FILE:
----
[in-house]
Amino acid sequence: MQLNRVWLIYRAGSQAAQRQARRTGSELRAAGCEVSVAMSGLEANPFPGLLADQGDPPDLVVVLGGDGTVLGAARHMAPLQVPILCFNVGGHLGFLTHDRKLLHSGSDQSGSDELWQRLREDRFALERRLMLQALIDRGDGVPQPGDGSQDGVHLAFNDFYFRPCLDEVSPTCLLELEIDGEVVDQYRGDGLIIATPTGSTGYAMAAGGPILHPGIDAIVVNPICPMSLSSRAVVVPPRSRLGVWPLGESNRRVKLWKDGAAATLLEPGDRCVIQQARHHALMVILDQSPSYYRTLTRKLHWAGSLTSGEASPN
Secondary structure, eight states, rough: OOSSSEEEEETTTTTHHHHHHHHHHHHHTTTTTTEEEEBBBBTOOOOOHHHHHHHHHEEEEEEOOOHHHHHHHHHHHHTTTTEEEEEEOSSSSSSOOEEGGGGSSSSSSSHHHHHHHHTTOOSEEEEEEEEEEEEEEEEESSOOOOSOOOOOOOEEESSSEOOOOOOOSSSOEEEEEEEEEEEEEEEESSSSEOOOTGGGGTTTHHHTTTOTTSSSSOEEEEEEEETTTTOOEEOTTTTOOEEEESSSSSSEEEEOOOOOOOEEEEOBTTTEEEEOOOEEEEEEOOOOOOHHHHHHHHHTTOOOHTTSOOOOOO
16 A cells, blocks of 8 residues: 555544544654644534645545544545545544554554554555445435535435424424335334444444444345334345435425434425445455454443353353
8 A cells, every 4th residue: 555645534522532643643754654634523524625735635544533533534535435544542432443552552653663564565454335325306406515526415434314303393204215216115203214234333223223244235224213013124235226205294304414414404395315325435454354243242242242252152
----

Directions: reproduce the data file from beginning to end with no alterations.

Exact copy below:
[in-house]
Amino acid sequence: MQLNRVWLIYRAGSQAAQRQARRTGSELRAAGCEVSVAMSGLEANPFPGLLADQGDPPDLVVVLGGDGTVLGAARHMAPLQVPILCFNVGGHLGFLTHDRKLLHSGSDQSGSDELWQRLREDRFALERRLMLQALIDRGDGVPQPGDGSQDGVHLAFNDFYFRPCLDEVSPTCLLELEIDGEVVDQYRGDGLIIATPTGSTGYAMAAGGPILHPGIDAIVVNPICPMSLSSRAVVVPPRSRLGVWPLGESNRRVKLWKDGAAATLLEPGDRCVIQQARHHALMVILDQSPSYYRTLTRKLHWAGSLTSGEASPN
Secondary structure, eight states, rough: OOSSSEEEEETTTTTHHHHHHHHHHHHHTTTTTTEEEEBBBBTOOOOOHHHHHHHHHEEEEEEOOOHHHHHHHHHHHHTTTTEEEEEEOSSSSSSOOEEGGGGSSSSSSSHHHHHHHHTTOOSEEEEEEEEEEEEEEEEESSOOOOSOOOOOOOEEESSSEOOOOOOOSSSOEEEEEEEEEEEEEEEESSSSEOOOTGGGGTTTHHHTTTOTTSSSSOEEEEEEEETTTTOOEEOTTTTOOEEEESSSSSSEEEEOOOOOOOEEEEOBTTTEEEEOOOEEEEEEOOOOOOHHHHHHHHHTTOOOHTTSOOOOOO
16 A cells, blocks of 8 residues: 555544544654644534645545544545545544554554554555445435535435424424335334444444444345334345435425434425445455454443353353
8 A cells, every 4th residue: 555645534522532643643754654634523524625735635544533533534535435544542432443552552653663564565454335325306406515526415434314303393204215216115203214234333223223244235224213013124235226205294304414414404395315325435454354243242242242252152